One of our favourite parts of Vancouver, Canada, has to be Granville Island. We were totally unprepared for how cool this little part of the city was. And it has a great story as well.
Once an industrial manufacturing area built on a sandbar across from downtown Vancouver’s peninsula, the area was originally called ‘Industrial Island’, but the name didn’t stick and Granville Island was named after the bridge that spans overhead. The very first tenant, B.C Equipment Ltd. set that standard by building a wooden framed shop clad on all sides by corrugated iron.
Nowadays, even after the region has been transformed from an unattractive industrial area in serious decline into an eclectic and people-friendly place to which locals and tourists alike flock for its public market, cool shops and art galleries. The areas heritage is still acknowledged with the use of corrugated iron and industrial architectural influences everywhere you look.
In the pedestrian-friendly zones, licensed buskers provide a melodic background harmony to your visit and the atmosphere is fun and busy as visitors mill about enjoying the area.
Vancouver’s Markets and Fresh Produce
We LOVED the public markets here. You can buy all kinds of amazing local produce, from B.C. berries to maple syrup to deli items, beautiful pastries and salmon. We had a chat with salmon vendor Scott who has been selling the famous fish here for more than 30 years, following in the footsteps of his father and his grandfather. The bounty of salmon in this part of the world has made it famous, with numbers in the nearby Fraser River some of the greatest on earth. And the Canadians sell salmon in every which way; candied, smoked, jerky, fresh, and all packaged up to take home to Australia!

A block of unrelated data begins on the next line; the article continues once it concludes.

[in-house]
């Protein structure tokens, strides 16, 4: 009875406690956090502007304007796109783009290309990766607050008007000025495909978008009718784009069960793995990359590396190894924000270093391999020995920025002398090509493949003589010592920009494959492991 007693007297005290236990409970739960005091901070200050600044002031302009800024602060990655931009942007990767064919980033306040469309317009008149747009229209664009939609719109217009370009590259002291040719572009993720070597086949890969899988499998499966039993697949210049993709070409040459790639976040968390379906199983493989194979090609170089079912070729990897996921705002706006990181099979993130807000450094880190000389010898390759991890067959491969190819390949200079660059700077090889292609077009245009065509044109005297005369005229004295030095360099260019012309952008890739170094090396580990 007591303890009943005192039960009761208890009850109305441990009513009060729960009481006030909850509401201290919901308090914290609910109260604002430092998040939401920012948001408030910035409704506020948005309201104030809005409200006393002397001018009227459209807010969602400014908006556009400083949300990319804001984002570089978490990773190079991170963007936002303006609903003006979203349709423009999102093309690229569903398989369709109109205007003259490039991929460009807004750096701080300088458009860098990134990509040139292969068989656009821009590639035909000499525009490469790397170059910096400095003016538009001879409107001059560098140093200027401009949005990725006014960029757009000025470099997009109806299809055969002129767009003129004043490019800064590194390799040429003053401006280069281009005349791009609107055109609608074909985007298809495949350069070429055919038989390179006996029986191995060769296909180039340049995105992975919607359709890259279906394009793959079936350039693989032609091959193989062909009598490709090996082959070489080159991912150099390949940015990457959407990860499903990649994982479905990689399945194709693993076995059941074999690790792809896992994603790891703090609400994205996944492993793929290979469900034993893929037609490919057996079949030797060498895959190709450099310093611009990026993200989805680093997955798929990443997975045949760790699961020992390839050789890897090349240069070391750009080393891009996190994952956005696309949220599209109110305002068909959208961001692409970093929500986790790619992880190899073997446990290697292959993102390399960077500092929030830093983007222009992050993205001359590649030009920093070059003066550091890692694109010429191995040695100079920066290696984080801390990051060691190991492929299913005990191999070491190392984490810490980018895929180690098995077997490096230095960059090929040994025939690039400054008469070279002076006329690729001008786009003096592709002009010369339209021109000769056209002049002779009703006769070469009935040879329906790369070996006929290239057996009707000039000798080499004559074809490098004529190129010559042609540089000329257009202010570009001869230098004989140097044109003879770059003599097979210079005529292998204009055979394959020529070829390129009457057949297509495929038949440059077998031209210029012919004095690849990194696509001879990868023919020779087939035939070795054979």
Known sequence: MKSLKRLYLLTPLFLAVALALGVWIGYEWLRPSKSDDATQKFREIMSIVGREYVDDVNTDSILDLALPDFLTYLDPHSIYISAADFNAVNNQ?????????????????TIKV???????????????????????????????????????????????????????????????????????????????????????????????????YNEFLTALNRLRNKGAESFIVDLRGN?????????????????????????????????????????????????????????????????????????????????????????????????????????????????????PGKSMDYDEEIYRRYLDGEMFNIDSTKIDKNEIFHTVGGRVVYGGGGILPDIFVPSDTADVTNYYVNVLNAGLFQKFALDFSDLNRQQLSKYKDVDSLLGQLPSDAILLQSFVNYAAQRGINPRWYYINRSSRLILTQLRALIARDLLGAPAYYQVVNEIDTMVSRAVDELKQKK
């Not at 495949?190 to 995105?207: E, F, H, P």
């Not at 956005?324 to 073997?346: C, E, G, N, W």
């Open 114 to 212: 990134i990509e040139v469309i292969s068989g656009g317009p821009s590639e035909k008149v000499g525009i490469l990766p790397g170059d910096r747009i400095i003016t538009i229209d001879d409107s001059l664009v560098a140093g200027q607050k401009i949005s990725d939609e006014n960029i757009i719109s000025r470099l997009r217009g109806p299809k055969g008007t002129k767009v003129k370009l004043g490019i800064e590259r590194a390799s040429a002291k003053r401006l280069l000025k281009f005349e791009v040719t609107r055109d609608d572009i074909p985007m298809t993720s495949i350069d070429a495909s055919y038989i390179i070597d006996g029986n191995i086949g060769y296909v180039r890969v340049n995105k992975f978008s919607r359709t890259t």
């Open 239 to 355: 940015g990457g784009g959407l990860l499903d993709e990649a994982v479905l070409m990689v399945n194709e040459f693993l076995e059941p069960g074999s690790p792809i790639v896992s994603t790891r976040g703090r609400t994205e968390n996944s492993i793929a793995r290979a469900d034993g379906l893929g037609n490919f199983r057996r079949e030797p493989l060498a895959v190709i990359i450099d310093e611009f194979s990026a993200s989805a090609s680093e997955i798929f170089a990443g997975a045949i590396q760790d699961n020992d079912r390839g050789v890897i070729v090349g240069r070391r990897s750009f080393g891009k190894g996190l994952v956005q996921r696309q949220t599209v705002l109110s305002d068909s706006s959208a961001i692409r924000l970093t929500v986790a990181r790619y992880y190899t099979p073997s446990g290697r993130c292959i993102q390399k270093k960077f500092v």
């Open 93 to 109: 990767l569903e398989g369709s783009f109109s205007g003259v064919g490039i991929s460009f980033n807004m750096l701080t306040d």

Vancouver is consistently named one of the most liveable cities in the world. The people are friendly, the city is clean and beautiful, and from the rooftop of our hotel at the Fairmont Waterfront, you can see iconic Canada Place and amazing harbour and mountain views.
But we have another reason to be up on this rooftop, and it’s quite unexpected. We are meeting the hotel’s Sous Chef Mark, who doubles as the hotel’s beekeeper. This is part of the Fairmont Hotel’s commitment to sustainable hotel management and in 2008, the Fairmont Waterfront welcomed two hives of honeybees for their apiary on the 3rd-floor roof.
It is amazing to see a bee hive here in the city. The hives are positioned adjacent to the hotels 2,100-square-foot herb garden and are a little patch of green oasis in the CBD jungle that surrounds it.
Chef Mark is a third generation beekeeper and under Mark’s management, the hotel produces honey each year to serve to their guests in the hotel in many different ways. This year, the hotel is on track to harvesting 800-1000 lbs of honey. We can attest that the honey truffles in our rooms that night were absolutely delicious.
Clint had the chance to get up close and personal to the resident honey bees – there are about 60,000 of them per hive – and afterwards had to admit it was scarier than going shark cage-diving, but we really applaud the initiative.
Have you ever been to Vancouver? We’d love to hear your thoughts on the city in the comments section below!